Friday, August 31, 2012
Kenyan President Mwai Kibaki called for "tolerance" in the port of
Mombasa Thursday, as he visited the troubled city after days of violence
sparked by the killing of a radical Muslim cleric.
maintain peace, which is the foundation of democracy," Kibaki said to
crowds in Mombasa. "We must embrace tolerance and co-exist peacefully as
Authorities insist security has been restored.
Hundreds of armed officers have been deployed to quash stone-throwing
rioters who took to the streets in their hundreds following the
assassination of preacher Aboud Rogo Mohammed on Monday.
tightened security, we have enough security forces," said regional
police chief Aggrey Adoli, speaking a day after attackers hurled a
grenade at a police truck, wounding at least four officers. "We have not
had problems today."
The attack, in which the Red Cross said one
person was killed, was the second such blast since riots broke out on
Monday, with an earlier grenade killing three policemen on Tuesday.
flew to Mombasa to open an agricultural trade fair, a longstanding
engagement, but one which is also viewed as a government effort to show
confidence in security in the city, Kenya's main port and a key tourist
For two days, angry youths fought running battles with
police, looting churches and torching cars. But Muslim leaders said
Thursday the situation had improved, with many businesses closed during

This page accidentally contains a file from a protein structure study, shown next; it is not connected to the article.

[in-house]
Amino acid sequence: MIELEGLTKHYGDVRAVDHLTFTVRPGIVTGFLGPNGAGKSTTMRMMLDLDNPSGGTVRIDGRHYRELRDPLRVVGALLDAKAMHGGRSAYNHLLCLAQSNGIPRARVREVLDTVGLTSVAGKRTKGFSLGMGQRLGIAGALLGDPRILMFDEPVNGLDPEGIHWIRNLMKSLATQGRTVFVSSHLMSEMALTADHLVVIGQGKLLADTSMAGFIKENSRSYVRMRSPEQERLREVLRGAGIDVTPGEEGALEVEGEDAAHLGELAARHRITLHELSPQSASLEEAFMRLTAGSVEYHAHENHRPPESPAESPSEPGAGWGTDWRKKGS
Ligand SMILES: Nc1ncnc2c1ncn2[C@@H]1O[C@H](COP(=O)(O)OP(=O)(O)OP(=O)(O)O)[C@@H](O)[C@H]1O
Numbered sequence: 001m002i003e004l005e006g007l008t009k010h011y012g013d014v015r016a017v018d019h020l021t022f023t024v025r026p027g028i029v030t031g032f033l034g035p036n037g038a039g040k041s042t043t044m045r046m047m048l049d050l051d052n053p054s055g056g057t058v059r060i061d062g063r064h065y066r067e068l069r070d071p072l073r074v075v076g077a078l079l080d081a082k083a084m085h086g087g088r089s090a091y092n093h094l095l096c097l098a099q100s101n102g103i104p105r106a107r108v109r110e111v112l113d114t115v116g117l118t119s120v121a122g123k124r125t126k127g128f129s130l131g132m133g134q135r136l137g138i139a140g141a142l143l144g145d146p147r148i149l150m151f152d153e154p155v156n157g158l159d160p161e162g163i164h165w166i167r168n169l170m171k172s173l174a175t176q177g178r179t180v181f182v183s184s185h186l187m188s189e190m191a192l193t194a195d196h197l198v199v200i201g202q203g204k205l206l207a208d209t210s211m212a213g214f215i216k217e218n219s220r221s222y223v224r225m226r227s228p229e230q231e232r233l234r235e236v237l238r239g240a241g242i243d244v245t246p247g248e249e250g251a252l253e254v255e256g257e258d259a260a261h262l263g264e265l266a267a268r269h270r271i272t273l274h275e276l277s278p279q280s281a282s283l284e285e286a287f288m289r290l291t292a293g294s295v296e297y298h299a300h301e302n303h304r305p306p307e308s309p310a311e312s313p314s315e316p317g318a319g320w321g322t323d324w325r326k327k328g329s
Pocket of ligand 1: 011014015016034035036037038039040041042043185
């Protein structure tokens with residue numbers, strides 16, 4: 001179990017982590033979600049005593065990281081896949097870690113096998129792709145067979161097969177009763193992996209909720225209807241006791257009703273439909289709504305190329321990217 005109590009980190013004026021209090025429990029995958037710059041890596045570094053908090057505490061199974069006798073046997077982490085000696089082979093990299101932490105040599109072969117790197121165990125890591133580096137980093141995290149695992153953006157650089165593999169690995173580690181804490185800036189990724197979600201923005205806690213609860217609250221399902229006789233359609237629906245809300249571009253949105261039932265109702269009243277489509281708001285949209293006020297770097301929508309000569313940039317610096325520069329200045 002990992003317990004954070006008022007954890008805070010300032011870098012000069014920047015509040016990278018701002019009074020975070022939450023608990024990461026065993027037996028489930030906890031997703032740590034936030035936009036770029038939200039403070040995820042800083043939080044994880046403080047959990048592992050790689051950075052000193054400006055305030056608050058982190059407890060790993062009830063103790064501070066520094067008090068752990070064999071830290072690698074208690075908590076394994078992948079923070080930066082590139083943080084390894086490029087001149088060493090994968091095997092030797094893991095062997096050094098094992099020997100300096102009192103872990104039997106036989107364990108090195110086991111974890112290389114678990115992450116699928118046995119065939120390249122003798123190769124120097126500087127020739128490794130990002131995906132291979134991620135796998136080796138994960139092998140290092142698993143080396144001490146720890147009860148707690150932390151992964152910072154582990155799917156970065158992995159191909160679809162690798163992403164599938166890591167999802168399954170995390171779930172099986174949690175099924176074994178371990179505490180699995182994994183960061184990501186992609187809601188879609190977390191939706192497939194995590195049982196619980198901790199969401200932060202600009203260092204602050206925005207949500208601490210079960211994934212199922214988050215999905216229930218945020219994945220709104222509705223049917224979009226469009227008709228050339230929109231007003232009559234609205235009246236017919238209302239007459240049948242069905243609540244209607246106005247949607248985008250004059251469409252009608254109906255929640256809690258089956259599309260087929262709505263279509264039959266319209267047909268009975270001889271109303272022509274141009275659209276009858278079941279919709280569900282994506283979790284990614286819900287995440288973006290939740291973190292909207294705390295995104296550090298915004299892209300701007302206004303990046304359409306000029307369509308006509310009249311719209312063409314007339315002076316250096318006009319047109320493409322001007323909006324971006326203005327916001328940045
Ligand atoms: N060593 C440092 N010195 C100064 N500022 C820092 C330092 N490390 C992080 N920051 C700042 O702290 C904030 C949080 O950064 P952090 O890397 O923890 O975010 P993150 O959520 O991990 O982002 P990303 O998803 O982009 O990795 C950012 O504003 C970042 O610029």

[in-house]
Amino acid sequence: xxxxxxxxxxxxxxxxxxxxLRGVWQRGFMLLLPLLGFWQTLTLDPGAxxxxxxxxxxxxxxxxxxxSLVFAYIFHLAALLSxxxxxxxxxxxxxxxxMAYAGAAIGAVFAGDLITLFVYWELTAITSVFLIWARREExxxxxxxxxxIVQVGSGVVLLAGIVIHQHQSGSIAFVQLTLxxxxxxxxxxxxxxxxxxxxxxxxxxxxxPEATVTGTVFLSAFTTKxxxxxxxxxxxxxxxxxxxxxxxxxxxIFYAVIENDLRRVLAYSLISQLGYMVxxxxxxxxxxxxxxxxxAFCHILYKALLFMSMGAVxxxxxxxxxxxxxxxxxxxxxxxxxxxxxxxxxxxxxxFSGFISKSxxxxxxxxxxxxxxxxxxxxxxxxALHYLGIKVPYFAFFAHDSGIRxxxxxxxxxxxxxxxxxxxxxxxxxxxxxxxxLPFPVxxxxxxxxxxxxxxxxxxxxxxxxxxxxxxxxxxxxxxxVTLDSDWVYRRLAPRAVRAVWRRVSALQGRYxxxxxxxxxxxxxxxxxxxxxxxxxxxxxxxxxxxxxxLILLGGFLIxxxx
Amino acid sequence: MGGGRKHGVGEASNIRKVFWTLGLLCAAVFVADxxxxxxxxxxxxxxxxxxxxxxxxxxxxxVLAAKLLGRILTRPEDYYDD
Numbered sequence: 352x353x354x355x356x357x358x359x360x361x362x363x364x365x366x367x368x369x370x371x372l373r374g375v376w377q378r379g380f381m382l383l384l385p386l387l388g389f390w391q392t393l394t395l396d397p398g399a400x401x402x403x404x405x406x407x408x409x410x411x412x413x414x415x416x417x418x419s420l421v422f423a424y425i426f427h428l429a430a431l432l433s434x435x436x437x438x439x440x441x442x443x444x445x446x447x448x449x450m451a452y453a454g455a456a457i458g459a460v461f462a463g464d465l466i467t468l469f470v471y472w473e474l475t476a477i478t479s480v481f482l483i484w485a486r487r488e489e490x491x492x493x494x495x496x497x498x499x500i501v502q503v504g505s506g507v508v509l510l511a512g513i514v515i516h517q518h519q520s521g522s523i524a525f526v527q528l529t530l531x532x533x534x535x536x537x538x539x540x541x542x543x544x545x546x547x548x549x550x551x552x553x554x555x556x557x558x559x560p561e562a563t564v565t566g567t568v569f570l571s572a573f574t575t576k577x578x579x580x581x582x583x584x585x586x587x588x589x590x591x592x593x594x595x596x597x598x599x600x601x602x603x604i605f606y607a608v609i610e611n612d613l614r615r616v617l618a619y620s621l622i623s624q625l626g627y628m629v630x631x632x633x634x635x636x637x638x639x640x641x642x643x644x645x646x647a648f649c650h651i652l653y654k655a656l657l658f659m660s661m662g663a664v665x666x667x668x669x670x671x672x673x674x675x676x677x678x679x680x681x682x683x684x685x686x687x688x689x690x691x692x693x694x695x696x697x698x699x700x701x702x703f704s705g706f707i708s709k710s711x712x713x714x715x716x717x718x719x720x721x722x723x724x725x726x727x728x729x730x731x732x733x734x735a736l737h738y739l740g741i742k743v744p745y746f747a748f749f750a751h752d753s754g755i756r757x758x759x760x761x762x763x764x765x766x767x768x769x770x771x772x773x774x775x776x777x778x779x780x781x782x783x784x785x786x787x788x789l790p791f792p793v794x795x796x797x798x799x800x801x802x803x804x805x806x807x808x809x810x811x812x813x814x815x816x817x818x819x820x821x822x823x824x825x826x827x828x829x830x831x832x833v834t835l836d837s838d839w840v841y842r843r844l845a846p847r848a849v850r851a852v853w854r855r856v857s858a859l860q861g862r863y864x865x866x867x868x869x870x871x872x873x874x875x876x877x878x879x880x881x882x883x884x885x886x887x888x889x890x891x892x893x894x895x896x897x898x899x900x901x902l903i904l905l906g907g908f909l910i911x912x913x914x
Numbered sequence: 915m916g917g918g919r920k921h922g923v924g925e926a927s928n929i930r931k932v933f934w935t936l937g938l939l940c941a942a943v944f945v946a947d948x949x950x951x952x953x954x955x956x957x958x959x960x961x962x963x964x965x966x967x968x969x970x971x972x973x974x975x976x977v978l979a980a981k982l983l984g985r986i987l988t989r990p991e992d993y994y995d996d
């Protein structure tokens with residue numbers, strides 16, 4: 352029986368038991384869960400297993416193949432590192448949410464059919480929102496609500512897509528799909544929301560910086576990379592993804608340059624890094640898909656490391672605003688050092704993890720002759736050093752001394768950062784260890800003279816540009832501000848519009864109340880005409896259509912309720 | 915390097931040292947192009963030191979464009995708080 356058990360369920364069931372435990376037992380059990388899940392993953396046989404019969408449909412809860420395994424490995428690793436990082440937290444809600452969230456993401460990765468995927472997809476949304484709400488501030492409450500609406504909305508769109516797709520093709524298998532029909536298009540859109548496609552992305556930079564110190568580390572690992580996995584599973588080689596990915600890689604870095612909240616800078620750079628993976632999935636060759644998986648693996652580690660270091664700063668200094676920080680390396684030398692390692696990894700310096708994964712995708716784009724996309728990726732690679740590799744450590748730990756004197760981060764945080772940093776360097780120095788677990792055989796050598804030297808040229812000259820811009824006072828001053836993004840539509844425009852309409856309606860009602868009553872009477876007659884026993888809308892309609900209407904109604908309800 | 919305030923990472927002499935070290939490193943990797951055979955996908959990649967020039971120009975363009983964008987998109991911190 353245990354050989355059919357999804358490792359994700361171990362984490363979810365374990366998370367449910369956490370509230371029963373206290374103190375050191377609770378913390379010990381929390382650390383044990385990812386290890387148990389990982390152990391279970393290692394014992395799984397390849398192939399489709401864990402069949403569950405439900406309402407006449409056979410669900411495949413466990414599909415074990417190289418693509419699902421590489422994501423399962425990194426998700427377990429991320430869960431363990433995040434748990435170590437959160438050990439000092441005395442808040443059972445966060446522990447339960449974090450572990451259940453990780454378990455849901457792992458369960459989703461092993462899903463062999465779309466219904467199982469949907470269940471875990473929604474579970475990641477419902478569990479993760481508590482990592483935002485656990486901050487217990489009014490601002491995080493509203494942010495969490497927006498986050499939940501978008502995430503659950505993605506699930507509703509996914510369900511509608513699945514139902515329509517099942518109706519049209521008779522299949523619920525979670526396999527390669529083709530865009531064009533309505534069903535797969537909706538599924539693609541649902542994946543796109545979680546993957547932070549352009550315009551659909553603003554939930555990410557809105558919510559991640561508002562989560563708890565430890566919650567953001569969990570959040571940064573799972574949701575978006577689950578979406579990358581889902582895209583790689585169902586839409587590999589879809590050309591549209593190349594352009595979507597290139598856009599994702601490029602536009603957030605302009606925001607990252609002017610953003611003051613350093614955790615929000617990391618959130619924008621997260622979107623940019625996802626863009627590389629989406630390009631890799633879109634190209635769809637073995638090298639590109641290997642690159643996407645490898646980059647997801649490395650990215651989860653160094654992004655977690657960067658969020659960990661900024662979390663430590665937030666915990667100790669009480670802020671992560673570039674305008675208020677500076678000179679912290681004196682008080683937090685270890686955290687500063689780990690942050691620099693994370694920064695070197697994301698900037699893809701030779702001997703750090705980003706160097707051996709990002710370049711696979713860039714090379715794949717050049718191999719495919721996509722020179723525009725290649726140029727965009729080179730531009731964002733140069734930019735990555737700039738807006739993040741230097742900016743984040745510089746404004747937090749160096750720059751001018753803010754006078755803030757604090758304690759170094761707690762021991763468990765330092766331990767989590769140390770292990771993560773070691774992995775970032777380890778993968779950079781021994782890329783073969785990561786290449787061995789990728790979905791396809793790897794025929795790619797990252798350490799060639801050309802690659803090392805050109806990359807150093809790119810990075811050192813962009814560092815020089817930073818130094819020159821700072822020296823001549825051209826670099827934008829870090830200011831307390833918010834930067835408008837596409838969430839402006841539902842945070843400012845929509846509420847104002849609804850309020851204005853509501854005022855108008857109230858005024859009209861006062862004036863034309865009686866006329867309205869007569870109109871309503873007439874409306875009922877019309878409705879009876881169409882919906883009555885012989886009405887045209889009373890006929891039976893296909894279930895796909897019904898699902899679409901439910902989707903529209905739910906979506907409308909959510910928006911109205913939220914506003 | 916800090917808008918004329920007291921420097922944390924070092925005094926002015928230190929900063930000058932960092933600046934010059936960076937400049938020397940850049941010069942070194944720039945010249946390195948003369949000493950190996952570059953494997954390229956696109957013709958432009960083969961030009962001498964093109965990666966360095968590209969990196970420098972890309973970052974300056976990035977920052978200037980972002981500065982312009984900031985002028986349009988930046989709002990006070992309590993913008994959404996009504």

the rioting now open.
"Things are much calmer after last night's
house to house searches by the police... Mombasa is slowly returning to
normal," said Khalid Hussein, head of the local organisation Muslims for
"All we can do is pray that police do not go out on
a revenge mission since some of their own have fallen victim to the
violence. This might provoke the rioters again."
cleric -- popularly known as Rogo -- was on US and UN sanctions lists
for allegedly supporting neighbouring Somalia's Al-Qaeda-linked Shebab
Rogo had fiercely opposed Kenya's invasion of southern
Somalia last year to attack Shebab bases. The United States and United
Nations had accused him of recruiting and fundraising for the extremist
Prime Minister Raila Odinga on Wednesday visited
Mombasa, where he called for the nation to come together to stop
"We are not going to allow outside forces to
incite Kenyans to create religious war," Odinga said, after meeting with
religious leaders from the majority-Muslim region, which also has a
significant Christian population.
Foreign embassies -- including
those of Australia, Britain, France and the United States -- have issued
travel warnings for Mombasa, where several large tourist resorts are
Rogo was killed Monday in Mombasa when unidentified gunmen
opened fire on his vehicle as he was driving with his wife and children,
leaving it riddled with bullets.
Images released by his
supporters showed his bloody corpse slumped behind the wheel. His wife
and children reportedly survived the attack.
Human Rights Watch
has called for a probe into the killing, noting it "follows the
abductions and deaths earlier this year of several other people charged
with recruitment and other offences related to the Shebab."
supporters accused the security forces of murdering him, calling his
death an "extra-judicial killing". The police reject the claim and have
appealed for help in hunting down those responsible.